Is the Coronavirus an Exosome?
I’ve been thinking a lot about the content of an interview in which Dr. Zach Bush introduces the notion that viruses are synonymous with exosomes, fragments of genetic material (microRNA) that communicate danger within a species and enable adaptation. Exosomes represent the possibility of rapid evolution. This is a fascinating proposition, and a reasonable one given the slow crawl of natural selection.
The difference between viruses and exosomes may be semantic, with the former being internally generated by humans and the latter having some other (perhaps ancient) origin. In either case, both are elements of microRNA signaling and collectively comprise the human virome. Just as science has made incredible breakthroughs in understanding the role of microbial diversity (known as the microbiome) to enable human life, so too are we on the cusp of a revolution of our understanding of viruses.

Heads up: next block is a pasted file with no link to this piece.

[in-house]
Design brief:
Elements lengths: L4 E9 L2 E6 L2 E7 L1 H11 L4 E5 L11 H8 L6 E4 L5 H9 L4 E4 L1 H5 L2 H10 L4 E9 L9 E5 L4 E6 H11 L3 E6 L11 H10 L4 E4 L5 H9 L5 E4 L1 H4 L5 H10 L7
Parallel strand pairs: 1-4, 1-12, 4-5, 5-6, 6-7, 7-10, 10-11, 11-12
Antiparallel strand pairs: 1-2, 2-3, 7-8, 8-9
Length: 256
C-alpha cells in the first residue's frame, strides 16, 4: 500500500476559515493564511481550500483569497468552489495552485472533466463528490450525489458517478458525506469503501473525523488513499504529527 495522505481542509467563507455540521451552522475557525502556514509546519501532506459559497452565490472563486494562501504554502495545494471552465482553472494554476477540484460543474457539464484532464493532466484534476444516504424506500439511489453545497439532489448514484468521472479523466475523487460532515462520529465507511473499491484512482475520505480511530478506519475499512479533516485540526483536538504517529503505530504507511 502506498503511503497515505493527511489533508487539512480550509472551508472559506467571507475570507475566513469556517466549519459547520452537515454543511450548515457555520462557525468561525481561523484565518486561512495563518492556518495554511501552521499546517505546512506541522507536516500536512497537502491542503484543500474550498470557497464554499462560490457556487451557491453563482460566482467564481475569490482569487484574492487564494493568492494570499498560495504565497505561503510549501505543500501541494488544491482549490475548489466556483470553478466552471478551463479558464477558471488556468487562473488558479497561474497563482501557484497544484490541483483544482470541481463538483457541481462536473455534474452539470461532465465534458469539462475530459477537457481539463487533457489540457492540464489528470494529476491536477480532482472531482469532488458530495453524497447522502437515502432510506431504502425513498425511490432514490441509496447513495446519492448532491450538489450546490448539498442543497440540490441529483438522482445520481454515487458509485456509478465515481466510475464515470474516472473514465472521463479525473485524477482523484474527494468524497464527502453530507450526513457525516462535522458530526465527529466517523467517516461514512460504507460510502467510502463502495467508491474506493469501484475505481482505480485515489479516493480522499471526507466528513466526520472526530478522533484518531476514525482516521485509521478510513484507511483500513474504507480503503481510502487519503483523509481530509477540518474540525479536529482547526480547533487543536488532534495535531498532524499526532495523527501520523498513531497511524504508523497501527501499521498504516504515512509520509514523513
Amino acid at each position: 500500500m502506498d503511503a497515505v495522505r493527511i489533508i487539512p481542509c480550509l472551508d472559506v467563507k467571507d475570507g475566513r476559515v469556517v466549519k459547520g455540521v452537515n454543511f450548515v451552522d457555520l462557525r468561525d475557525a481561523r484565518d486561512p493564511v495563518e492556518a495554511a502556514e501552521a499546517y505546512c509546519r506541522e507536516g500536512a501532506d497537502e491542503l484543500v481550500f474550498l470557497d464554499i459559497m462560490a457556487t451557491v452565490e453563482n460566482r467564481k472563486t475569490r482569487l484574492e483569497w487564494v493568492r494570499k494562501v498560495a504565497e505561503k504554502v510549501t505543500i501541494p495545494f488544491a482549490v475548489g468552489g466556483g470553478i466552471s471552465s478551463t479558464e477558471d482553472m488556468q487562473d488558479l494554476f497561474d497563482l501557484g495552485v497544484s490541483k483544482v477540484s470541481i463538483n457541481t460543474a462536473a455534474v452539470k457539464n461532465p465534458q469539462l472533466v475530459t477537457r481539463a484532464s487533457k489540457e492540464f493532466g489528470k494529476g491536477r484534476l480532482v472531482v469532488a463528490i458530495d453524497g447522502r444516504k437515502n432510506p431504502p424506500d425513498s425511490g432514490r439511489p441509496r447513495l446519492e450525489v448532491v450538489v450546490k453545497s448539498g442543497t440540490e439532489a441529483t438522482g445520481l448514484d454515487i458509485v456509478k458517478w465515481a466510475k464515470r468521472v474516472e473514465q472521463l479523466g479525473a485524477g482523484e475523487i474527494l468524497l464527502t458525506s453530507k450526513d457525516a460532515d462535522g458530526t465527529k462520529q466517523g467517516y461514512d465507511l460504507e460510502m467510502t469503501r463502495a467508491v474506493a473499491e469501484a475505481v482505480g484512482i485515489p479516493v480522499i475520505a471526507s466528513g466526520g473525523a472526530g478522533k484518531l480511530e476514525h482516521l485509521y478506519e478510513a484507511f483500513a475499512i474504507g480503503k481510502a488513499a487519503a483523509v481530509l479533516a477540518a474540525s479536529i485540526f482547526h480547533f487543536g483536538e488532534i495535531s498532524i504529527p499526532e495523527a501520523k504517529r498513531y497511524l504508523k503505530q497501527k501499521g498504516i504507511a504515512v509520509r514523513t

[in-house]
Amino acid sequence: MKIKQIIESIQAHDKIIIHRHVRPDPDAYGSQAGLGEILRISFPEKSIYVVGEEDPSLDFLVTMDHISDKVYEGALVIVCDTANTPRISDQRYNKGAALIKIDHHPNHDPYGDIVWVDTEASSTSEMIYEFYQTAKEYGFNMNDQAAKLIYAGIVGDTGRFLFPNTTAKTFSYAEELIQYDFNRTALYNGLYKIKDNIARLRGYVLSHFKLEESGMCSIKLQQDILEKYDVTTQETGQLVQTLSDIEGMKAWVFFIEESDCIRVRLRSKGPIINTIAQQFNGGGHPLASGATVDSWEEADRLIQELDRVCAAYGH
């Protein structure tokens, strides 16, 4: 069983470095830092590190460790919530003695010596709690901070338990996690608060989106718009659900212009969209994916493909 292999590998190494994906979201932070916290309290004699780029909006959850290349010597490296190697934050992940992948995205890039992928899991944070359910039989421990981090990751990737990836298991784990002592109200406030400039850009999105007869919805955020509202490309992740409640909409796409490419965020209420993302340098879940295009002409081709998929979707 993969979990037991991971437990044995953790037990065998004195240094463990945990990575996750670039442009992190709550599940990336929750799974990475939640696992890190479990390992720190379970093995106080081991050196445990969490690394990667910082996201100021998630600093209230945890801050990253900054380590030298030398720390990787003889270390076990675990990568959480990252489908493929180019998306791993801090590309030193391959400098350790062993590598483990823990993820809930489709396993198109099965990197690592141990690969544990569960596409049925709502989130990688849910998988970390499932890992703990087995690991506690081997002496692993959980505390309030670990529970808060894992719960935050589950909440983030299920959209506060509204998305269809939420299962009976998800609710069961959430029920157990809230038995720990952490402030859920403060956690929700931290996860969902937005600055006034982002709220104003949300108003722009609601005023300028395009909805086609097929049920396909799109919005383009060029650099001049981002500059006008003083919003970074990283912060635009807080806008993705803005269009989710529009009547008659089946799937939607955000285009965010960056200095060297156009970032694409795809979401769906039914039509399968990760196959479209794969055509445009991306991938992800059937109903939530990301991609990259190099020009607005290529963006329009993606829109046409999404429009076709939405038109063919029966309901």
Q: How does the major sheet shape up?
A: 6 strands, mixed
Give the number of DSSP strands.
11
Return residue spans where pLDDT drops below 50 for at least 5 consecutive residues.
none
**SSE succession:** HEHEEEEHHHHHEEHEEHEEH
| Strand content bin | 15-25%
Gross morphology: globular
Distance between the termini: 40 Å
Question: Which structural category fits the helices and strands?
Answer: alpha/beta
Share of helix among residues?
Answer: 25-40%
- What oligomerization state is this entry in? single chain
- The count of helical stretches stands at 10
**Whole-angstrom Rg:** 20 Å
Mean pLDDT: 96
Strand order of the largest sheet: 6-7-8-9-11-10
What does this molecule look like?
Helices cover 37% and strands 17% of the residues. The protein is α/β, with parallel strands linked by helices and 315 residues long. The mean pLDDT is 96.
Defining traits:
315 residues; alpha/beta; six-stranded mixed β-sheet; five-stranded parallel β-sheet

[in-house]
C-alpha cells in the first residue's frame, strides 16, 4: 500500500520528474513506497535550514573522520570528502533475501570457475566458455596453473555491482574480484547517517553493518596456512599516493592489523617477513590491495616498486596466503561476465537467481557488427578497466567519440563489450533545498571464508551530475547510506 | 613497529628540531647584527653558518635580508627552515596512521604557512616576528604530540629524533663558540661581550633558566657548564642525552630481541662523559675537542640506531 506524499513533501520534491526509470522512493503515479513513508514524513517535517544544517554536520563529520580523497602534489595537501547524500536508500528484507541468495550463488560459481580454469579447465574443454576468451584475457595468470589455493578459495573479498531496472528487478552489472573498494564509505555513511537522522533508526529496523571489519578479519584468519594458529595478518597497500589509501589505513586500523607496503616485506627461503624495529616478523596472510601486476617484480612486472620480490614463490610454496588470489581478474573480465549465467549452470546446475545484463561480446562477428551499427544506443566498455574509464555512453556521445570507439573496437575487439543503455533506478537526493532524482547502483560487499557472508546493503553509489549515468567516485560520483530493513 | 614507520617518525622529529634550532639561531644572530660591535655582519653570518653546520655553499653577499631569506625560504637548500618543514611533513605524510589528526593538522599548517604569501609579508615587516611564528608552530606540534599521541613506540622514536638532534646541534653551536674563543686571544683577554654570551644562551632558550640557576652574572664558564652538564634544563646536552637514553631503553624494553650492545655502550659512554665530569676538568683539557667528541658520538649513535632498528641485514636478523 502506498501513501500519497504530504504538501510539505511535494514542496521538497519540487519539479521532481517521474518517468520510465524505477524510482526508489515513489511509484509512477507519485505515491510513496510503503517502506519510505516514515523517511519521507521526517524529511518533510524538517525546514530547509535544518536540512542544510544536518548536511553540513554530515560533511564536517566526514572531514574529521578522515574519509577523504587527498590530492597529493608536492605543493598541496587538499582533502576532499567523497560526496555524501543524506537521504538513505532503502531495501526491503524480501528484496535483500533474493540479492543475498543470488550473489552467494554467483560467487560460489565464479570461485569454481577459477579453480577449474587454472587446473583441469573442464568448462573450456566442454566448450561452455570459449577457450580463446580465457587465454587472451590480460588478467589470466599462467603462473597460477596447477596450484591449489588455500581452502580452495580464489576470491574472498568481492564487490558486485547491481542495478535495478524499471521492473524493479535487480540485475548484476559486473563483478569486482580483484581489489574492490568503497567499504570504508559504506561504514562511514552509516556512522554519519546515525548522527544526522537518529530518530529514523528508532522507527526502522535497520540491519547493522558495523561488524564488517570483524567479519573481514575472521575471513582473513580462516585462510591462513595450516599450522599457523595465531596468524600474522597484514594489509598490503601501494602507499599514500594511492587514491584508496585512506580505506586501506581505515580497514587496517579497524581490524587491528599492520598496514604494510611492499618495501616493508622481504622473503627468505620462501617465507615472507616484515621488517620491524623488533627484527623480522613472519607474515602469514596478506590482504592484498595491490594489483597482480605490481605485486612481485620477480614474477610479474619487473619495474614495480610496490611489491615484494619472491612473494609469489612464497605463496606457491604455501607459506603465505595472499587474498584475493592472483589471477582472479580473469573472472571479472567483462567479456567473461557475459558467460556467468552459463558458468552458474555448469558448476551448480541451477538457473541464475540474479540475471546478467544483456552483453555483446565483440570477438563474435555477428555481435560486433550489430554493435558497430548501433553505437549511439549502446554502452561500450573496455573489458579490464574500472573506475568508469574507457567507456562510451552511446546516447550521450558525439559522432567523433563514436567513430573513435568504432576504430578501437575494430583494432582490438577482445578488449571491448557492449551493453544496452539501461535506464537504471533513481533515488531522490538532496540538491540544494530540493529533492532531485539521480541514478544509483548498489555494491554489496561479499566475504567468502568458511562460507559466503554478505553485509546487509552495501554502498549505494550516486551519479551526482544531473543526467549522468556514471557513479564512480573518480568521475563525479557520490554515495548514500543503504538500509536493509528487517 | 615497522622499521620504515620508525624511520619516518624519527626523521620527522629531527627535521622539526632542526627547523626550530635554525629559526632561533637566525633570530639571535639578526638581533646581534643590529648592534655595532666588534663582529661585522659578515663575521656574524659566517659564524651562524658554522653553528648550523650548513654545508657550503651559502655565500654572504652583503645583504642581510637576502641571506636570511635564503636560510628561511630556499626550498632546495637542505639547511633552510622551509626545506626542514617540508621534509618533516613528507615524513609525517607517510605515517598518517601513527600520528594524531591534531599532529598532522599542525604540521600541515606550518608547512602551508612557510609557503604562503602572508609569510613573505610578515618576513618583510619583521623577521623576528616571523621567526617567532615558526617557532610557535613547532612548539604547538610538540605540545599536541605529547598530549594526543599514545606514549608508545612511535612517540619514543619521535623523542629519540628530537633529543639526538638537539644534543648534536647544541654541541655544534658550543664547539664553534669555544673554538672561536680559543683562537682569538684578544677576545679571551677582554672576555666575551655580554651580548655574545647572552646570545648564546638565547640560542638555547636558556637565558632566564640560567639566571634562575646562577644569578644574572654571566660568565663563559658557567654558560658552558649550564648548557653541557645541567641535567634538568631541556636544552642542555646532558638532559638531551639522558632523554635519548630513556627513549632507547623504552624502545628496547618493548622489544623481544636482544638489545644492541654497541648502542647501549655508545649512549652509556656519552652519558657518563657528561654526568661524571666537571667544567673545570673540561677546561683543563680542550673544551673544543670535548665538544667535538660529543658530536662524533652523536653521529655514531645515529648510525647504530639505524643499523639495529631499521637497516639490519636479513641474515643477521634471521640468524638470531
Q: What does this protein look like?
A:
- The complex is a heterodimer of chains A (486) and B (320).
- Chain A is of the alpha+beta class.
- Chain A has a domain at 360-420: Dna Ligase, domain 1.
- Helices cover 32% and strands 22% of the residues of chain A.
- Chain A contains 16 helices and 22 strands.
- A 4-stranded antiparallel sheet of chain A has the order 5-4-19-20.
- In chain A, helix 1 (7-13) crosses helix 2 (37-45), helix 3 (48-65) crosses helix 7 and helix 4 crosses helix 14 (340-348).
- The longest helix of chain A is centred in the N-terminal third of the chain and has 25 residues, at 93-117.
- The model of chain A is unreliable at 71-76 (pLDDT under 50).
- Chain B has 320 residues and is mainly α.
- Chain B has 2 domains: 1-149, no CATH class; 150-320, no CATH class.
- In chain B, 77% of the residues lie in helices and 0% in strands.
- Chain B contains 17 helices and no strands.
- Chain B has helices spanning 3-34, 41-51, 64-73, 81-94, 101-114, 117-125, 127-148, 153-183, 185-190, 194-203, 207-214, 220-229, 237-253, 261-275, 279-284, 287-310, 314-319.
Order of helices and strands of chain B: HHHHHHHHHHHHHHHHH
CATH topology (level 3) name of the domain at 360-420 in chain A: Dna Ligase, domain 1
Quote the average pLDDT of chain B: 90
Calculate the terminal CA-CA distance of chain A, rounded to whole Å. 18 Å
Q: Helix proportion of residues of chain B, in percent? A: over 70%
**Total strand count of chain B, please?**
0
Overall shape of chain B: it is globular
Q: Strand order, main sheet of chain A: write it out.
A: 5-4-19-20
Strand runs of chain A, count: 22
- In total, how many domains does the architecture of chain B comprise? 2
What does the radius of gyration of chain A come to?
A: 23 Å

Dr. Bush posits that cyanide poisoning from air pollution and gut microbiome disruption by glyphosate are the main causative factors behind the illness associated with COVID-19, though I would add toxicity from 5G and the seasonal flu vaccine as contributing factors. The exact mechanism is still unclear, but if we start with the supposition that viruses, exosomes, and microRNA are synonymous (as I believe they are), then perhaps what is being falsely implicated as viral transmission/contagion is a detoxification reaction.
Put another way, environmental pressures have increased in severity to the point that humans began excreting exosomes to signal the rest of our species with the microRNA necessary to incite a cathartic detoxification. The only problem is that some people are sick enough (due to comorbidities) that the healing crisis is fatal. But nature isn’t as invested in protecting the weak; instead it selects those most adaptable to change. That should be a wake-up call to a sick American population that is chronologically young but biologically old.